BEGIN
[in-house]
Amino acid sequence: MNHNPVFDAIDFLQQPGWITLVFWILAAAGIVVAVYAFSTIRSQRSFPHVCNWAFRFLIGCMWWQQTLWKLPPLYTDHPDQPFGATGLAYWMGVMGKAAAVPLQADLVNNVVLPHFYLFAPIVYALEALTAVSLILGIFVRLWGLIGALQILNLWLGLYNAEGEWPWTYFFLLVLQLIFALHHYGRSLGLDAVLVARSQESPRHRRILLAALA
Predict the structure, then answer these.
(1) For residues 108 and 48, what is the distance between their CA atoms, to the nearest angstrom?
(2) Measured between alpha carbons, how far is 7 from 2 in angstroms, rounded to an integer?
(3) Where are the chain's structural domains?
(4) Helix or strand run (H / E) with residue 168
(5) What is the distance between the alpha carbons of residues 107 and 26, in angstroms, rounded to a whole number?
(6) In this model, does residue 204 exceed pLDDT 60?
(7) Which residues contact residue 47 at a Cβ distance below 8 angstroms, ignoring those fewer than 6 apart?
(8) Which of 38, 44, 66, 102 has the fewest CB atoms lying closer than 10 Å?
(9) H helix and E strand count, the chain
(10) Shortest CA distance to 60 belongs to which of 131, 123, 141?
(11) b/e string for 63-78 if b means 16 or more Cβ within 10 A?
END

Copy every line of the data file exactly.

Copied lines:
[in-house]
Amino acid sequence: MNHNPVFDAIDFLQQPGWITLVFWILAAAGIVVAVYAFSTIRSQRSFPHVCNWAFRFLIGCMWWQQTLWKLPPLYTDHPDQPFGATGLAYWMGVMGKAAAVPLQADLVNNVVLPHFYLFAPIVYALEALTAVSLILGIFVRLWGLIGALQILNLWLGLYNAEGEWPWTYFFLLVLQLIFALHHYGRSLGLDAVLVARSQESPRHRRILLAALA
Predict the structure, then answer these.
(1) For residues 108 and 48, what is the distance between their CA atoms, to the nearest angstrom?
(2) Measured between alpha carbons, how far is 7 from 2 in angstroms, rounded to an integer?
(3) Where are the chain's structural domains?
(4) Helix or strand run (H / E) with residue 168
(5) What is the distance between the alpha carbons of residues 107 and 26, in angstroms, rounded to a whole number?
(6) In this model, does residue 204 exceed pLDDT 60?
(7) Which residues contact residue 47 at a Cβ distance below 8 angstroms, ignoring those fewer than 6 apart?
(8) Which of 38, 44, 66, 102 has the fewest CB atoms lying closer than 10 Å?
(9) H helix and E strand count, the chain
(10) Shortest CA distance to 60 belongs to which of 131, 123, 141?
(11) b/e string for 63-78 if b means 16 or more Cβ within 10 A?